1. What are the different ways to resolve unpaid taxes? – Short-term 30 to 90 day extensions, Monthly Installment Agreements, Offers in Compromise, Bankruptcy, hardship suspension, Innocent Spouse and Statute Expiration. Detailed explanations of each resolution are as follows . . .
2. What do I need to know BEFORE I call the IRS? – You must know everything about your clients’ tax situations. What tax returns are filed/unfiled and how much is owed to the IRS? If you do not know, you can ask the IRS, they must tell you. Next, you must know . . .
3. How long before the IRS levies on bank accounts or wages or attempts a field contact? – If your client owes money to the IRS and neglects to pay, the IRS can and will levy bank accounts, wages, accounts receivable, etc., and, if necessary, conduct a field investigation, which can include contacting the taxpayer at home or at their business. If your client has not . . .
4. How do I prevent the IRS from levying paychecks, bank accounts, accounts receivable? – First, read all IRS Notices and be responsive to all IRS requests. Second, do not pick up the phone to call the IRS until you are prepared to answer in-depth questions about . . .
5. What does the IRS know about my client? – The IRS knows which returns have been filed/not filed and all of the information on the filed tax returns. The IRS also knows . . .
6. What will the IRS ask? – The IRS will ask for general information such as Taxpayer Identification Numbers (SSN & EIN), addresses, telephone numbers, dates of birth, dependents, etc. The IRS will also ask for . . .
7. What should I disclose to the IRS about my client? – By law you do not have to tell the IRS anything. However, if you want to protect your client’s financial security, not suffer levies or seizure, and resolve the tax problem(s) once and for all, it is smart to . . .
8. Can I lie to the IRS? – Yes, but it is not a wise thing to do. IRS agents talk to taxpayers and representatives all day, every day and almost always assume that taxpayers/representatives are not being forthright. They interview . . .
9. Will the IRS believe what I tell them? – Generally speaking, yes, but they are very suspicious. They know what makes sense and what does not when it comes to income and expenses. In some instances you may have to . . .
10. Will the IRS lie to me? – Not knowingly, but that is not the real problem. The real problem is that front line tax collectors are . . .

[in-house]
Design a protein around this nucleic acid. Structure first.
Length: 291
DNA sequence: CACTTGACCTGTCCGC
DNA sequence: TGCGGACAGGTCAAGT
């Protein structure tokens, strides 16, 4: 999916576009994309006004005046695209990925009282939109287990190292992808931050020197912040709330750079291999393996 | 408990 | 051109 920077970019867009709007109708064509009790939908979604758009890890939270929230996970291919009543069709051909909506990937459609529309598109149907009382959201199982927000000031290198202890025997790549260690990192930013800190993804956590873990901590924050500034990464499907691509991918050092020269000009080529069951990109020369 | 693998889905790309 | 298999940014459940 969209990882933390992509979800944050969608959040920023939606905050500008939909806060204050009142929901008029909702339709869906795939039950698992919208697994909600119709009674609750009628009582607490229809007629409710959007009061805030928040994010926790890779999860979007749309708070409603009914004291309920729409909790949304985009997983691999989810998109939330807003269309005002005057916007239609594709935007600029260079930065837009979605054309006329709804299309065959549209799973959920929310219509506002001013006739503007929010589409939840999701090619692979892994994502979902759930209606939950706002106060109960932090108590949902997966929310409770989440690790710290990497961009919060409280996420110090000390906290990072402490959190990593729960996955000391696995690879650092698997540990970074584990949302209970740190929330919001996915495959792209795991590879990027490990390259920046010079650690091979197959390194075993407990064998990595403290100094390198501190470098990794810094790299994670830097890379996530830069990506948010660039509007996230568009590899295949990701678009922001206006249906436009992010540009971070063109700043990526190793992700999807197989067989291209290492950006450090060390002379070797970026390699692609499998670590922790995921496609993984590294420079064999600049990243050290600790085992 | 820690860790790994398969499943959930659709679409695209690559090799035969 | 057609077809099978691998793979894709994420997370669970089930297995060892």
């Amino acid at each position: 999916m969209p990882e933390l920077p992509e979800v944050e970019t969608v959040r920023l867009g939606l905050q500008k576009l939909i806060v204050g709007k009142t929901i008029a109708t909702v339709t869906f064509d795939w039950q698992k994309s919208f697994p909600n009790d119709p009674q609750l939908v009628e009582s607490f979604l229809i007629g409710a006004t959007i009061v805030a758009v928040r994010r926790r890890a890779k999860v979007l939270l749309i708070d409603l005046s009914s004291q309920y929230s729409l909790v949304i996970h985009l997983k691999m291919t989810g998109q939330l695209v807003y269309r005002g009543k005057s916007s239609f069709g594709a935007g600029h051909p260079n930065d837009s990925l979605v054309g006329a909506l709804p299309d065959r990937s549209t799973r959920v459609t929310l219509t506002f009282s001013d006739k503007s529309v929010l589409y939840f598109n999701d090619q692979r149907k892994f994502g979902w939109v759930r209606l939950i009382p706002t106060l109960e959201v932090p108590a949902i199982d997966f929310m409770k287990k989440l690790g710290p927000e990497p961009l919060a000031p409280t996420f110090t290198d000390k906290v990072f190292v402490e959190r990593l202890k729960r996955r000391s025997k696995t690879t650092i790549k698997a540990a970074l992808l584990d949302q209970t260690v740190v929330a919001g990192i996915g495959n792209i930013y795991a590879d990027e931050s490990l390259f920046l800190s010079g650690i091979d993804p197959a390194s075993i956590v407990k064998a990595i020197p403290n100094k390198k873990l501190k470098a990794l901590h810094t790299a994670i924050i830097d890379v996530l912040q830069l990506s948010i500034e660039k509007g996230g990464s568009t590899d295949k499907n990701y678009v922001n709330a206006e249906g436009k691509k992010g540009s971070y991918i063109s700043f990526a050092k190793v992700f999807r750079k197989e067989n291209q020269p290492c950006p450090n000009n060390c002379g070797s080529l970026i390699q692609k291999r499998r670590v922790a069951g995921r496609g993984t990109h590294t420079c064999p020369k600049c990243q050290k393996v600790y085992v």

11. Will the IRS seize cars, real estate, businesses? – The IRS can seize just about any assets needed to pay unpaid taxes. However, you must . . .
12. Will the IRS want or take all of my client’s income? – The tax collector does not want all of your client’s income. Tax collectors must allow . . .
13. Will the IRS allow my client to pay living expenses? Business expenses? – Yes, within reason. The IRS must allow . . .
14. Can payments to the IRS be designated to specific liabilities? – Voluntary payments can be designated to any existing or future liabilities (pending audit) or to current taxes. However, payments on a formal Installment Agreement . . .
15. On what does the IRS base its collection actions? – First, the IRS looks at your client’s cooperation and sincere efforts to resolve the tax problems. Second, the IRS must make sure that all delinquent returns are filed. Third, the IRS must make sure that your client is . . .
16. What do I do if my client has not filed past due tax returns? – First, determine from any IRS Notices exactly which years the IRS believes are not filed. If your client does not . . .
17. Can my client go to jail for NOT FILING tax returns? – Technically, it is possible. However, criminal prosecution is very . . .
18. Can my client go to jail for NOT PAYING taxes? – No, there is no debtors’ prison. If a taxpayer properly . . .
19. How do I resolve unpaid taxes if my client is a wage earner, self-employed, a business, a corporation? – Each of these situations is unique. Basically INSTALLMENT AGREEMENTS, OFFERS IN COMPROMISE and BANKRUPTCY can all be used to resolve unpaid taxes for these entities. The key is . . .
20. How do I resolve unpaid payroll taxes? – Payroll taxes are considered by the IRS to be the most serious taxes they collect and are aggressively pursued. If your client has not paid payroll taxes for more . . .
21. What can I do about penalties and interest? – Penalties and interest on late-filed tax returns and on unpaid taxes are significant. The Late Filing Penalty can be 25% of the unpaid balance, before credits. There are additional penalties for . . .
22. My client filed and paid his taxes, but now the IRS has issued a CP2000 indicating additional taxes are owed. What do I do? – Many CP2000 Notices that propose additional taxes are incorrect, but . .
23. How do I obtain a bank or wage levy release? – A bank levy is a one-time levy and attaches only to the funds in a bank account at the time the levy is served. . . . Wage levies, on the other hand, are continuous and attach to all future wages until . . .
24. If I prefer to refer my client to an experienced tax negotiator, how do I find one? - First, congratulations on realizing that tax delinquency resolution calls for unique techniques and strategies. Most tax professionals think that tax delinquency requires the expertise of an attorney. However, a noted tax litigation consultant stated, . . .
25. Does my client need an attorney? – Many taxpayers and tax professionals think that tax delinquency requires the expertise of an attorney. However, . . .